Dietary Sources and Intakes

The major sources of carbohydrates are cereals, accounting for over 50% of carbohydrate consumed in both developed and developing countries, followed by sweeteners, root crops, pulses, vegetables, fruit, and milk products. Carbohydrate and nutrient intake in general can be estimated using data from food production and balance sheets, household surveys, and individual assessments (Table 1). Figure 1 shows the trends in carbohydrate consumption by food group as a percentage of total carbohydrate in developed and developing countries, obtained from food balance data in 1994.


The term 'sugar' includes monosaccharides and dis-accharides. The most common monosaccharides are glucose (or dextrose), fructose, and galactose. Glucose is found in fruit, honey, maple syrup, and vegetables. Glucose is also formed from sucrose hydrolysis in honey, maple syrup and invert sugar, and from starch hydrolysis in corn syrups. The properties of glucose are important for improving food texture, flavor, and palatability. Glucose is the major cell fuel and the principal energy source for the brain. Fructose is found in honey, maple sugar, fruit, and vegetables. Fructose is also formed from sucrose hydrolysis in honey, maple syrup, and invert sugar. It is commonly used as a sweetener in soft drinks, bakery products, and candy in the form of high-fructose corn syrups. Galactose is found primarily in milk and dairy products.

The most common disaccharides are sucrose, lactose, and maltose. Sucrose is mostly found in sugar cane and beet, and in lesser amounts in honey, maple sugar, fruit, and vegetables. The properties of sucrose are important in improving viscosity, sweetness, and flavor of baked foods, ice cream, and desserts. Maltose is formed from starch digestion. It is also produced from the germination of grain for malt liquors. Lactose is found in milk and dairy products, and is not as sweet as glucose or sucrose.

In the second part of the twentieth century, sugar intake increased markedly in the US, because of increased consumption of added sugars in beverages and foods. According to the US Food Supply Data, consumption of added sugars has increased from 27 teaspoons/person/day in 1970 to 32 teaspoons/ person/day in 1996, which represents a 23% increase. Soft drinks are the most frequently used form of added sugars, and account for one-third of total sugar intake. In Europe the trend of sugar consumption has been a steady one.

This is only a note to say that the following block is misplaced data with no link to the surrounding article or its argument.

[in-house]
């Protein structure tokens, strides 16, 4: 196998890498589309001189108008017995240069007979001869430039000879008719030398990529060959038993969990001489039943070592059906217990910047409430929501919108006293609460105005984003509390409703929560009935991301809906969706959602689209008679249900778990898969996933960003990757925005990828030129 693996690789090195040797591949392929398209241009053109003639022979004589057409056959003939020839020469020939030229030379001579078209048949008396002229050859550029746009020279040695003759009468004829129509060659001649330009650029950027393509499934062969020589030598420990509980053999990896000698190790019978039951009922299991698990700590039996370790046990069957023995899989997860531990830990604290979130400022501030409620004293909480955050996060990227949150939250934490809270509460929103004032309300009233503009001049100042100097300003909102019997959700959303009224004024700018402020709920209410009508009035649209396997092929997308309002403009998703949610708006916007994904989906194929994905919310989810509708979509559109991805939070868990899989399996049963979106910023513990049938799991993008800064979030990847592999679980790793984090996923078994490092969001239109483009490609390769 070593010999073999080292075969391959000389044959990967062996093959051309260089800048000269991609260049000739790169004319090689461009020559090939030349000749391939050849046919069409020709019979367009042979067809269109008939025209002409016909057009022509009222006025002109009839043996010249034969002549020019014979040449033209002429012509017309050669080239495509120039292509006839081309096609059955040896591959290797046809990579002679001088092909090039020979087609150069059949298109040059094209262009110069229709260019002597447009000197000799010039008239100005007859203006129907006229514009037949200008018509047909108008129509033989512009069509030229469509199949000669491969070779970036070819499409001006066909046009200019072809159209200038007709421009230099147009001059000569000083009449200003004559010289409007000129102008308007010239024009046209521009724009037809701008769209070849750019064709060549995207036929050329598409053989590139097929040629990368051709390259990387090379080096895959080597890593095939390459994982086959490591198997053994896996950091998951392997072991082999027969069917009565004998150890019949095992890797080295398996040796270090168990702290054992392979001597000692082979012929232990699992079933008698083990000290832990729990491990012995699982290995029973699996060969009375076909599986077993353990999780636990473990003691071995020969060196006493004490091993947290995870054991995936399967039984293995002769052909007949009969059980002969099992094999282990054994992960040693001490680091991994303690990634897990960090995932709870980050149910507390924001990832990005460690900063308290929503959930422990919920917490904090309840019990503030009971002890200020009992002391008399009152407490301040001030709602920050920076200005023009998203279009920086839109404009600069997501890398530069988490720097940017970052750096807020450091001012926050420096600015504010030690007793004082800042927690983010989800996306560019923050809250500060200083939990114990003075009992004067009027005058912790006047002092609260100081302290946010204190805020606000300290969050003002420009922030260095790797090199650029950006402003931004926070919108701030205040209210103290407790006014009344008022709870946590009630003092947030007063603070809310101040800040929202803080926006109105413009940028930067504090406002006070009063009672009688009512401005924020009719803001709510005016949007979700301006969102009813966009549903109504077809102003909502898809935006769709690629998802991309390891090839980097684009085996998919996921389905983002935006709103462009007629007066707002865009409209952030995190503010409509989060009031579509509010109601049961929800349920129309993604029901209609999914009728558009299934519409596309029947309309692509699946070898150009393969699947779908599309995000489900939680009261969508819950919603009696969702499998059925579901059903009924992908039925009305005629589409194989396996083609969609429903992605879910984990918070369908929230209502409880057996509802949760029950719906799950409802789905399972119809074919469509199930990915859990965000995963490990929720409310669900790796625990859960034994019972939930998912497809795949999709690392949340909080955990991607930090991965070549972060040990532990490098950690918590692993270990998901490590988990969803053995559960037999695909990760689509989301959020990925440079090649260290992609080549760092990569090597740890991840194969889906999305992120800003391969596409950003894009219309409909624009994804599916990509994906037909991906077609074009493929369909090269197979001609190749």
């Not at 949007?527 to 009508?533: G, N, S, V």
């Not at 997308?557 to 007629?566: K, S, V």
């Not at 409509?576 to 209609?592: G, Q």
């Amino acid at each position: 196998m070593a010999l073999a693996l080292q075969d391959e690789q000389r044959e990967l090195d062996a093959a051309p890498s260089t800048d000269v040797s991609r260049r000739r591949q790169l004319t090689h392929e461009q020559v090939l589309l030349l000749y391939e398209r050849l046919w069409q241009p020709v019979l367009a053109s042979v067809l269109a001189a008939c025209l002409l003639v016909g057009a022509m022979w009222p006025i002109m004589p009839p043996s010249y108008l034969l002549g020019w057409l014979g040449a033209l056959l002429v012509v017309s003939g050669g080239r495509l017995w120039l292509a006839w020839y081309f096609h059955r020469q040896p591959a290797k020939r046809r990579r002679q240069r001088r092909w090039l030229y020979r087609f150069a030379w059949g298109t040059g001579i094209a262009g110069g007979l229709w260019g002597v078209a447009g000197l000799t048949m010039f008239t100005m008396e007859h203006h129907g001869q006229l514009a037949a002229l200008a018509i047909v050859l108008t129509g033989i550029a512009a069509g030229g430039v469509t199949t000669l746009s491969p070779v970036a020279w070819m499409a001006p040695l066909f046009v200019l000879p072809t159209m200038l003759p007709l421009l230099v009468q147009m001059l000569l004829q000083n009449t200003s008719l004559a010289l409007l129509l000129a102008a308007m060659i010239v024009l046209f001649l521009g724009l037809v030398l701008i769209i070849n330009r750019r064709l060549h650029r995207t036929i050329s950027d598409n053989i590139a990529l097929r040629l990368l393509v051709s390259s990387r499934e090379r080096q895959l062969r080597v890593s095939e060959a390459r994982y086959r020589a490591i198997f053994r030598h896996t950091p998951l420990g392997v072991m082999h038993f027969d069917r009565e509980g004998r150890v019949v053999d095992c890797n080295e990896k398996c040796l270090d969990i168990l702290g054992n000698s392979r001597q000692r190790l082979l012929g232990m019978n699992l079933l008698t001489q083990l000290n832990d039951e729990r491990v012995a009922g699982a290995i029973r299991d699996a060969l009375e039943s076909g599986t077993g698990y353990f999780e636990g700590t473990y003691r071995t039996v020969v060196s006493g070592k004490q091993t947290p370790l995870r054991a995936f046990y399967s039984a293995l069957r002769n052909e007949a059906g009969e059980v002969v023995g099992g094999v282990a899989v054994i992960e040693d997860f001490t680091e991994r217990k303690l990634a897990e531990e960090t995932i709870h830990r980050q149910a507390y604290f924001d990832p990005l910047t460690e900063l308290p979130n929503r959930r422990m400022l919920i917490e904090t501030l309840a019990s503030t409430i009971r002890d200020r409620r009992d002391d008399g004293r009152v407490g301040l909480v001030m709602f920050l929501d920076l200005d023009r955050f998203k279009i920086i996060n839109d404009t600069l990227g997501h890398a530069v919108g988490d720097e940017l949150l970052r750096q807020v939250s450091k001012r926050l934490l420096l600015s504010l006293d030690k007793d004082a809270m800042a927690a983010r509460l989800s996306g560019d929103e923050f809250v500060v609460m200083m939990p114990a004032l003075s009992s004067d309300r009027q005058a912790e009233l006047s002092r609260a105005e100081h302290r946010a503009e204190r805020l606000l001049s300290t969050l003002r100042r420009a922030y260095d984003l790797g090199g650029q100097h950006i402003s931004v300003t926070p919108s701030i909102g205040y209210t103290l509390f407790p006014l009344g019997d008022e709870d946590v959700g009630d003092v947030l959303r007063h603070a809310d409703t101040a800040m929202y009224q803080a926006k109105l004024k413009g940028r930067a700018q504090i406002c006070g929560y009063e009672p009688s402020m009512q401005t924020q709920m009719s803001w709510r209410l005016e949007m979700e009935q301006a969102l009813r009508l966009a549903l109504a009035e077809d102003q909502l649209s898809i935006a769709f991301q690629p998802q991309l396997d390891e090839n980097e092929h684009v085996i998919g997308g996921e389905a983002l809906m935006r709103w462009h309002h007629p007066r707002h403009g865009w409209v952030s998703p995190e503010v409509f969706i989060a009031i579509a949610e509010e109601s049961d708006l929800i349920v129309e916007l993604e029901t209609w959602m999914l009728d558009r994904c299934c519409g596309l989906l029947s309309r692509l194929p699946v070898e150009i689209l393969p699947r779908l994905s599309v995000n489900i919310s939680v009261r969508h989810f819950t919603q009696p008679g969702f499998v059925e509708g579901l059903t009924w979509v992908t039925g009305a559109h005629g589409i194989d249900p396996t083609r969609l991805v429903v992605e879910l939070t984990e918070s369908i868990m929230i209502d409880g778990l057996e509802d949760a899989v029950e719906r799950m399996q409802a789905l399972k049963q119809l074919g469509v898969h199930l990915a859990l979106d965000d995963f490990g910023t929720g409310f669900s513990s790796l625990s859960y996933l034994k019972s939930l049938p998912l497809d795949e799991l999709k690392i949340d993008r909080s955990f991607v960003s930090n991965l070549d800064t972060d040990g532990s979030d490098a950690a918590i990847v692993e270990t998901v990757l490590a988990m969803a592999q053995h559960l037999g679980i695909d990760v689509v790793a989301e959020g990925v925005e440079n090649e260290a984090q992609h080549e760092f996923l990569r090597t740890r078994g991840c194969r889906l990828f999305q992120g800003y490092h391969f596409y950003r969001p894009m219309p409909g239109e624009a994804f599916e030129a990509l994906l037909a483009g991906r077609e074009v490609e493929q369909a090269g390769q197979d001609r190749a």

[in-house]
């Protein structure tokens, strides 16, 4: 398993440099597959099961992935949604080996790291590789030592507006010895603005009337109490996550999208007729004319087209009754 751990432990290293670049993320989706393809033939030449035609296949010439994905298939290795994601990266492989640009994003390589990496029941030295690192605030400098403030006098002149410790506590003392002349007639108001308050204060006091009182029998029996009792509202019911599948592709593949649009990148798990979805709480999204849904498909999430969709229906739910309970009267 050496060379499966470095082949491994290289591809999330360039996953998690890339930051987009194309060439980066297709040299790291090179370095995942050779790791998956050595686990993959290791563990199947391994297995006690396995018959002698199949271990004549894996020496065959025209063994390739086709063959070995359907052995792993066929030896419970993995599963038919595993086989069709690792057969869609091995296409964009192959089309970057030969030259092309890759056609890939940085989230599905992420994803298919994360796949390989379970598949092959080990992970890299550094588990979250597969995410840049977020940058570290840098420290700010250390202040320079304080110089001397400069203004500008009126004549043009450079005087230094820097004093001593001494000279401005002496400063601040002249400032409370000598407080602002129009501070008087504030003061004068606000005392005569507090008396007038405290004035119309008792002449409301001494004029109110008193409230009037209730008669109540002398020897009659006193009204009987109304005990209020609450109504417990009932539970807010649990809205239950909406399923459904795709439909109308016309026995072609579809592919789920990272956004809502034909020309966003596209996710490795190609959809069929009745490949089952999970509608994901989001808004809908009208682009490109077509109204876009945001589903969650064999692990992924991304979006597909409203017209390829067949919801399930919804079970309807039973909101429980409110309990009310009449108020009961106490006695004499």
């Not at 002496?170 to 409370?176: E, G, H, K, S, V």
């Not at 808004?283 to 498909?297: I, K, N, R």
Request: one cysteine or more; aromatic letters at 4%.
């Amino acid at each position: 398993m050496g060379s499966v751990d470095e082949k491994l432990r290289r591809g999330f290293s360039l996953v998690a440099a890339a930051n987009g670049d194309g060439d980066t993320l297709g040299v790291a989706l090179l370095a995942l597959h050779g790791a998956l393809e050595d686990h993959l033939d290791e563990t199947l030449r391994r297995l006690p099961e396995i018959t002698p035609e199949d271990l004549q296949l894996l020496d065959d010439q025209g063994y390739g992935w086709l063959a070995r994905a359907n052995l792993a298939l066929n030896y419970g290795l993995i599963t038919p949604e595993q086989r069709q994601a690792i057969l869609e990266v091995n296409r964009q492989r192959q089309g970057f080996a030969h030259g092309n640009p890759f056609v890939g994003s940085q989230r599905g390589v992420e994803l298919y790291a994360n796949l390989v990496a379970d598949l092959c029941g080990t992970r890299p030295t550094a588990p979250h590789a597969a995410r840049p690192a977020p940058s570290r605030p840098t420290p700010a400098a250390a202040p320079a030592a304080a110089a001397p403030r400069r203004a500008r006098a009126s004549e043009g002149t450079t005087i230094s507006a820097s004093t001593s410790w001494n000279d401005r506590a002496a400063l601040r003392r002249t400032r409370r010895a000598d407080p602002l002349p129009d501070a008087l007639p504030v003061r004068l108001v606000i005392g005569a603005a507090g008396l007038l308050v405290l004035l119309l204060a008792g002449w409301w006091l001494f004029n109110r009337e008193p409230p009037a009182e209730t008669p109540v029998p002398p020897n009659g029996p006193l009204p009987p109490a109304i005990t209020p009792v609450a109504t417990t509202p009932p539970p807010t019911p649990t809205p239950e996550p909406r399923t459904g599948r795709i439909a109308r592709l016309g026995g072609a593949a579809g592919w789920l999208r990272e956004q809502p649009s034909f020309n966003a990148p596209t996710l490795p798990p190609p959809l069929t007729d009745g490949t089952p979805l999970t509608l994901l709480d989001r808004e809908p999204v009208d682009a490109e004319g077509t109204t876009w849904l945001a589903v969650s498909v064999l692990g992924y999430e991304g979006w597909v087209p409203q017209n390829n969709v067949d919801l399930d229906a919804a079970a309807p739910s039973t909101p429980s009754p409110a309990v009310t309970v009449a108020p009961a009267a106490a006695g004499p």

Table 1 Approaches for determination of trends in nutrient consumption worldwide




Food production

Food balance sheets Household surveys

Individual assessments

Figures available for every crop

Figures available for every food item Figures close to actual food consumption

Figures close to actual food consumption

Affected by agricultural practices, weather conditions, external forces Inadequate to determine food waste and spoilage Inadequate to determine food consumption outside the home, food waste, and spoilage Data not available for all countries Diverse methods of assessment

re o

80 70 60 50 40 30 20 10 0


1 n« r^ ri rL

□ Developed countries ■ Developing countries

□ Developed countries ■ Developing countries

Figure 1 Trends in energy consumption by carbohydrate food group as a percentage of total carbohydrate in developed and developing countries, obtained from food balance data in 1994. Data obtained from FAO/WHO (1998). Carbohydrates in human nutrition. Report of a joint FAO/WHO expert consultation. FAO Food and Nutrition Papers 19 66: 1-140.


Starch Starch is the most important and abundant food polysaccharide. Starch is predominantly derived from plant seed, such as wheat, maize, rice, oats, and rye, and from plant roots, such as potatoes. Legumes and vegetables also contribute to the starch content of the diet. Bread and pasta are popular forms of starch, while tropical starchy foods, such as plantains, cassava, sweet potatoes, and yams are increasingly contributing to carbohydrate intake. Starch accounts for 20-50% of total energy intake, depending on the total carbohydrate consumption.

Nonstarch Nonstarch polysaccharides (NSP), formerly referred to as 'dietary fiber,' can either be soluble or insoluble and are mainly derived from cereals, especially wholegrain. Wheat, rice, and maize contain predominantly insoluble NSP, while oats, rye, and barley contain predominantly soluble NSP. Vegetables are also a source of NSP and contain equal amounts of insoluble and soluble NSP. Intakes of NSP range from about 19 g day-1 in Europe and North American countries to 30gday-1 in rural Africa.

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